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Old 10-23-2015, 09:37 AM
 
Location: Jacksonville, FL
11,145 posts, read 14,129,269 times
Reputation: 7075

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Many people talk about places like NYC, LA and Seattle being very expensive. Then, they go on to suggest that there are alternative, affordable "cool" millennial cities. I have not found that to be the case, really.

Austin TX, Charlotte NC, and Columbus OH are often cited as affordable and "cool" places for millennials to live in. However, there is one dynamic that I have become very aware of. That is, that the only areas within these cities/metros that are actually considered "cool," almost always happen to be in the central urban core (i.e. downtown, uptown, etc.), covering no more than a few square miles. If you live more than 5 miles outside of the central urban core, it's considered not "cool." Furthermore, the rents in these central urban cores, EVEN in "affordable" places like Columbus or Charlotte, are NOT affordable at all, unless you have roommates or make a very high income. For example, in downtown Columbus, a decent 1 bd apartment goes for a minimum of $1,300 or even as high as $1,700, which is too expensive considering one would be earning an Ohio salary, which isn't particularly high.

Now, I live in the city of Columbus, about 9 miles from downtown and really like the area. It's quiet, and I have a very nice 2 br condo for just $989 a month (1,000 sq ft).

Austin, TX is no longer considered affordable, by any means. A decent 1 bd apartment goes for at least $1,500 in the inner city, which is outrageous. Same with Charlotte....at least $1,400.

So then, why do millennials and Forbes keep suggesting that these cities are the best cities for millennials and that they are affordable? It's total baloney. To have the true urban, millennial experience, you must live in or near the central urban core, and pay very high rent. And those who live in the central urban core typically have no interest in venturing out to the outer parts of the city and making friends and doing activities there. It's like they want to live their whole lives in a 4-square mile BUBBLE!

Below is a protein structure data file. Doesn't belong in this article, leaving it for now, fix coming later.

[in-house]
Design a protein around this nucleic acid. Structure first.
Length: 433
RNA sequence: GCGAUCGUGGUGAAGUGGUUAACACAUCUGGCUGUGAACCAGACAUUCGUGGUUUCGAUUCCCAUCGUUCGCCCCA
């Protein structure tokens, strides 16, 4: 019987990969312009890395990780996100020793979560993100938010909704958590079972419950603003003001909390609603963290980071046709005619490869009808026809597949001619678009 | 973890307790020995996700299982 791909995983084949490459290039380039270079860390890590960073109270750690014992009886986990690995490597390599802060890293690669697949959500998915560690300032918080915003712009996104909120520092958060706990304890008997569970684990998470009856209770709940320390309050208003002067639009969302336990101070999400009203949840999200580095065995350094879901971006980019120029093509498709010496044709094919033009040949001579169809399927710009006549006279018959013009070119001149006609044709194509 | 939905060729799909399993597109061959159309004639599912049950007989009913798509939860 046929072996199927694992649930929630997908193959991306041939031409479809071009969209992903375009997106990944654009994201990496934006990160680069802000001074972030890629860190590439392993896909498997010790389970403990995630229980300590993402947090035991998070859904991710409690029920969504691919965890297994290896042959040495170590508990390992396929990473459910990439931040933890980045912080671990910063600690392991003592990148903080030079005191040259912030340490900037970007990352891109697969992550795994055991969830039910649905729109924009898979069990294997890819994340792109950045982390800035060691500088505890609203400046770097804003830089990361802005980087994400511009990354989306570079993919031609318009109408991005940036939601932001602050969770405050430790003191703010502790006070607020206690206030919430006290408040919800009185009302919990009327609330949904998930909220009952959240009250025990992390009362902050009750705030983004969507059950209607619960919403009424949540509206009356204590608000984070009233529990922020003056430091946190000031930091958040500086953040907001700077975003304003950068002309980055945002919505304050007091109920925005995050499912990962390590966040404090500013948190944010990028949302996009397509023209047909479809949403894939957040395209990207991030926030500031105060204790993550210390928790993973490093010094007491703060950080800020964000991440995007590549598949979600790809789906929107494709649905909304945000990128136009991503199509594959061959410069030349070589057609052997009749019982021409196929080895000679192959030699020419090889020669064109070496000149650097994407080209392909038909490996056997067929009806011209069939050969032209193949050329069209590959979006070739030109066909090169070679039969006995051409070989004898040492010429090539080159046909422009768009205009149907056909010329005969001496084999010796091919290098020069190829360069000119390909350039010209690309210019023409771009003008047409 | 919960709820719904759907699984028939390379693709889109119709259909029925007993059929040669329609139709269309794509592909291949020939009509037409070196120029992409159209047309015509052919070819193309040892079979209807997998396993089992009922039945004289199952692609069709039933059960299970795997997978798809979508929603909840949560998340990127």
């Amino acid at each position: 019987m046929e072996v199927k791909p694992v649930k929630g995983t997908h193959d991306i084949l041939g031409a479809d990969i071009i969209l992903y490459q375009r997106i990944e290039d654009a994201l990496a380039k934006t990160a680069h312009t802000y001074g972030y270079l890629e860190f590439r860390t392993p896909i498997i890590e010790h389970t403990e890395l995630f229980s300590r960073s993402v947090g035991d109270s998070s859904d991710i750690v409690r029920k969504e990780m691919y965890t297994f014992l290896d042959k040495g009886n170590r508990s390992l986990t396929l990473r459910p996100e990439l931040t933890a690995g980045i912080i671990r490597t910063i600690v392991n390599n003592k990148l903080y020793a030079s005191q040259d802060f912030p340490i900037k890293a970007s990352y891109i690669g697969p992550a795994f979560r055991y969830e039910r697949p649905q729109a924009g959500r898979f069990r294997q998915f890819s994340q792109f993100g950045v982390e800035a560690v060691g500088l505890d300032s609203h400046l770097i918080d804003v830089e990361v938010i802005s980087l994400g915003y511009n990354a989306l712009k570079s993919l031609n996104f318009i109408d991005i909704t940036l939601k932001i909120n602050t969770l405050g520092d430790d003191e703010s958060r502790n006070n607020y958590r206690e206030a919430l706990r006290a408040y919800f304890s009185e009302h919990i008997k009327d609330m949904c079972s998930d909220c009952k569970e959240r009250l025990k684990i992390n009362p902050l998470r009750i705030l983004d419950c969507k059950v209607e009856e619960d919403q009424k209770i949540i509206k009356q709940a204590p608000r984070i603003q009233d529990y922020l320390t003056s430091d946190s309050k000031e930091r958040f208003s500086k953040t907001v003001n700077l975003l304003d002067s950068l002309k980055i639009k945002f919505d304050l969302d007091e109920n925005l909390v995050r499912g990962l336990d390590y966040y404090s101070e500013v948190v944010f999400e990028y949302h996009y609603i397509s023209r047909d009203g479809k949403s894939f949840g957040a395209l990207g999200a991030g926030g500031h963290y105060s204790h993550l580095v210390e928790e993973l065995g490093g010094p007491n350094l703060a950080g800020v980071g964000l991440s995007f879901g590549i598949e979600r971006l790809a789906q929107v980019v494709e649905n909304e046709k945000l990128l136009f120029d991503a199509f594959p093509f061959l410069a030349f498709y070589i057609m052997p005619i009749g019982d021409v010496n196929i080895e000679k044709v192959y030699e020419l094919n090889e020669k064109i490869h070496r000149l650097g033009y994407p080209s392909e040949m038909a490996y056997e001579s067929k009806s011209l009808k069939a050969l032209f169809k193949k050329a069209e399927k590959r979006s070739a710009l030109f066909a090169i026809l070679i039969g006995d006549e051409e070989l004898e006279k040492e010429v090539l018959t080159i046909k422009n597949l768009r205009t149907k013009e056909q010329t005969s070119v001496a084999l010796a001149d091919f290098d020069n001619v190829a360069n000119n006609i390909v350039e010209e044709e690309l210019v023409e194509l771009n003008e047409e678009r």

Not to mention, many of these new apartment buildings are atrociously built. You can hear EVERYTHING through the walls and ceilings.

This whole millennial/urban living movement has got to be the biggest sham in American history, with regard to housing.

Smh.
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Old 10-23-2015, 09:47 AM
 
84 posts, read 105,484 times
Reputation: 165
Simple answer- because the people writing the articles don't do any real research and have no idea what's actually going on. Most of the articles online are written to make money. If you really wanna find out the true millennial cities, your best bet is visiting them and reading forums like CD.

Last edited by livedeverywhere123; 10-23-2015 at 10:01 AM..
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Old 10-23-2015, 09:49 AM
 
Location: Philadelphia
11,884 posts, read 10,391,718 times
Reputation: 8050
Stop worrying about what you think others think is "cool" and do what is best for you.

I don't think Forbes is really in touch with young people.
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Old 10-23-2015, 09:57 AM
 
Location: East Coast of the United States
17,259 posts, read 19,555,335 times
Reputation: 13033
You get what you pay for.

Life is like that, usually.
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Old 10-23-2015, 11:19 AM
 
56,660 posts, read 80,952,685 times
Reputation: 12521
Quote:
Originally Posted by 2e1m5a View Post
Stop worrying about what you think others think is "cool" and do what is best for you.

I don't think Forbes is really in touch with young people.
This......What is interesting with most cities of at least 100,000 is that there are areas that trendy, but you can find an area with similar attributes that is more underrated or isn't thought of as much. So, I think if a person does their research, you can find other options in most of these cities/areas that fit a lot of the attributes said folks are looking for. It may be a matter of a critical mass, but still.....
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Old 10-23-2015, 12:39 PM
 
Location: Peoria, AZ
952 posts, read 1,078,923 times
Reputation: 1030
I live in the Phoenix, AZ area.